Mrs. Jones eventually hires Fanny as a prostitute and introduces her to her wealthy Mr. H, of whom she becomes her lover. Days go by and Charles does not come home, so Fanny, out of jealousy, seduces Mr. H’s servant, is captured and loses the man’s support.
Fanny is greeted by Mrs. Cole, who runs a brothel in Covent Garden, and she meets three other prostitutes, who briefly outline their backgrounds. Girls have a lot of relationships with men of all kinds. Fanny also meets a young bisexual man and is surprised by her first encounter with male homosexuality. In a tavern, she surprises two young men in unmistakable attitudes and passes out. Later, she wakes up the villagers to try to hunt down the two men and punish them.
Mrs. Cole retires and Fanny begins living off her savings. She meets a man who falls in love with her, but treats her as her daughter. She dies and leaves her small fortune. Therefore, Fanny is now able to try to locate Charles, who disappeared in the South Seas. Several months later, she meets Charles in a tavern: he was shipwrecked on the coast on his way back to England. Despite Fanny’s confessions of her about her life of vices, Charles forgives her and asks the girl to marry him.
Topics in Fanny Hill
Nature and sexuality
Nature and sexuality are the main themes of the novel. Fanny Hill appears as the product of a new idea of human nature. In fact, the Enlightenment era introduced the idea of the cult of Nature, which included sexuality. Since human nature must follow innate feelings and needs, there can be nothing abominable or sinful about it.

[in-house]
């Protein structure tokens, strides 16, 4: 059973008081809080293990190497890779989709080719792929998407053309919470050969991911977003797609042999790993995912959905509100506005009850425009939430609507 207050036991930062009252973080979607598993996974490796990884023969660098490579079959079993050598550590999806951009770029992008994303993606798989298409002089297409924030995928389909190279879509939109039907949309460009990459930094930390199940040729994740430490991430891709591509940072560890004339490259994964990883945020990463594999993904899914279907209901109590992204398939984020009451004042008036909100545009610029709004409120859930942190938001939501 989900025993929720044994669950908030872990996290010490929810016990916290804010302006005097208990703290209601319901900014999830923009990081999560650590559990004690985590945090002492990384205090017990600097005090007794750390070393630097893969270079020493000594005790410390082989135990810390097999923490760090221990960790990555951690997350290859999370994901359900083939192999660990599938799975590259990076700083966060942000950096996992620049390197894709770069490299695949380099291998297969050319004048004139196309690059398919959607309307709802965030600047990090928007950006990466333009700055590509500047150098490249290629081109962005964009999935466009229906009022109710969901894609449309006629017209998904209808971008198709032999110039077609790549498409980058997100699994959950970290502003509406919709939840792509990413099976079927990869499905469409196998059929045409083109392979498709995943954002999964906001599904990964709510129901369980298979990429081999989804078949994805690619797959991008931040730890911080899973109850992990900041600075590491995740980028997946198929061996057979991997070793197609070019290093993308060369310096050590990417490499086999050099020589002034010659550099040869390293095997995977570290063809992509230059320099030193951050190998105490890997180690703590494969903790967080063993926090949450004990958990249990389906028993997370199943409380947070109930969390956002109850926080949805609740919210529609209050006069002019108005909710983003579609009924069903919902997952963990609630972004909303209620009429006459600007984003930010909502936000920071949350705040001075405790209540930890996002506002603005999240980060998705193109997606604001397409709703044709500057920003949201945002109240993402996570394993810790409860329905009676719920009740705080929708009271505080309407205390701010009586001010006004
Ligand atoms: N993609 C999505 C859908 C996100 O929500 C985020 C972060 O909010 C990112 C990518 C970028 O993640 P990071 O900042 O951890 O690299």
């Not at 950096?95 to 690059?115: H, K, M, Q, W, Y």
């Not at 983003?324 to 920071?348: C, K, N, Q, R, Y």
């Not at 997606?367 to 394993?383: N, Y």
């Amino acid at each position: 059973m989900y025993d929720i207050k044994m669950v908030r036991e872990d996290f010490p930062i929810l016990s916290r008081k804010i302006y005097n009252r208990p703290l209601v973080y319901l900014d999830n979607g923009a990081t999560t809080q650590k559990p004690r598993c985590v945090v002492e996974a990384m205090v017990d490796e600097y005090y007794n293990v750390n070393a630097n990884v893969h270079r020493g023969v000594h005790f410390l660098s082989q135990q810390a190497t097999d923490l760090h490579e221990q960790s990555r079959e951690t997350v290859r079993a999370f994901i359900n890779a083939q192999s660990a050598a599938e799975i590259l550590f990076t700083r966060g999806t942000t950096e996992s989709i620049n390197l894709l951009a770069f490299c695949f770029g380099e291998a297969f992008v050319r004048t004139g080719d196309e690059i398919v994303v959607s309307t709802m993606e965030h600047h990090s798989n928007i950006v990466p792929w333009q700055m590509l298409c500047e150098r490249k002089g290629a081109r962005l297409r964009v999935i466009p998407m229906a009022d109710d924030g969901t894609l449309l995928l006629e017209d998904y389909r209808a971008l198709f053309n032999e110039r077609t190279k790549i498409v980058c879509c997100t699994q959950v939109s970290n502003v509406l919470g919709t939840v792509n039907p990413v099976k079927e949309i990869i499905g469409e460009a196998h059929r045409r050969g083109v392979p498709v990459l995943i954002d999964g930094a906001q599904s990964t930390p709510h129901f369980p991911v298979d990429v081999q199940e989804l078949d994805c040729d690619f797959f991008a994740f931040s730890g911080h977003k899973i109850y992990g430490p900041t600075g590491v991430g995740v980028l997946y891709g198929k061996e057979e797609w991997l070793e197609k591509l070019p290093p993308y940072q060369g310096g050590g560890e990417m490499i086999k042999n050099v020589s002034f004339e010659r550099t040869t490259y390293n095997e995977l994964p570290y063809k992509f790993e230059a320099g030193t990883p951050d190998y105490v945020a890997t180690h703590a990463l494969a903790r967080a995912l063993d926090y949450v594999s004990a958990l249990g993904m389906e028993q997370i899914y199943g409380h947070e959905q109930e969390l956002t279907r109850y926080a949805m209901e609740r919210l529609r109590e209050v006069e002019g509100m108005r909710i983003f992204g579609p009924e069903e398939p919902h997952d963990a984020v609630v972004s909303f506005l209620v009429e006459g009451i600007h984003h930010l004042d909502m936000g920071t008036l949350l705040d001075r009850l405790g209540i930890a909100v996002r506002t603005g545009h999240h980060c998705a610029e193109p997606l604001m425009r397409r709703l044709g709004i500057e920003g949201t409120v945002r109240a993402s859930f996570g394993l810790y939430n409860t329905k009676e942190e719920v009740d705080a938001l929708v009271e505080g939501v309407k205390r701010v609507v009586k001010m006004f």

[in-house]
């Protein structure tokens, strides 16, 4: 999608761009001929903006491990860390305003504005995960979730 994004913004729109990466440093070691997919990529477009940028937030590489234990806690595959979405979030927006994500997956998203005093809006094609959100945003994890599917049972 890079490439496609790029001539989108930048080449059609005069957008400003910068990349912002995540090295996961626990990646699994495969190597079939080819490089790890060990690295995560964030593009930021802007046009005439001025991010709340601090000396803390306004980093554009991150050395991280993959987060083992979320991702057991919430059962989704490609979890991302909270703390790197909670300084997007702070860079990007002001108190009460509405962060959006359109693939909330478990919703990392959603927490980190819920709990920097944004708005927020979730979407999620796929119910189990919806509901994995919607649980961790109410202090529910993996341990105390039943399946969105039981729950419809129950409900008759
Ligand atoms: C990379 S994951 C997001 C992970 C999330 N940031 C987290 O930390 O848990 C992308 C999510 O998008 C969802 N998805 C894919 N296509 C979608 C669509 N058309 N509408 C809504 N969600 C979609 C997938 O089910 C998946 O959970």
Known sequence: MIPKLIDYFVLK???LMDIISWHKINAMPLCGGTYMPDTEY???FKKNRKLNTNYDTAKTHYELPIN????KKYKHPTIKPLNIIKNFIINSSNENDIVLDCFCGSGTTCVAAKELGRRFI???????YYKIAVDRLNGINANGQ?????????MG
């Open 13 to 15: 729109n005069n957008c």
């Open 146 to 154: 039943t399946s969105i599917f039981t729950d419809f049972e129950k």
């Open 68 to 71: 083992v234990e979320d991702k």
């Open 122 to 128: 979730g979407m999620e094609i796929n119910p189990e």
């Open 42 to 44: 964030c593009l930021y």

Behavior should be dictated by Nature, sexuality should be taken as its constituent and not fought. Through vivid images of sexual acts the author describes sexuality as a part of human nature and what is natural should not automatically be viewed as disgusting.
Love is another important theme addressed in the novel. With the example of the protagonist, the author shows how important love is to obtain greater satisfaction in sexual relations. Fanny has known many men, and quite different men with equally different desires, but her heart has always been involved, in a very empathetic way.
Charles was her only love, and this love carries him in her heart throughout her life. A bit like what happens to Sayuri, the geisha from Memoirs of a Geisha whose pure love for the general manager accompanies her throughout her life. In Fanny Hill, on the other hand, it is noted that an emotional level combined with a physical one is considered the highest level of happiness and is revealed in the novel as a fact.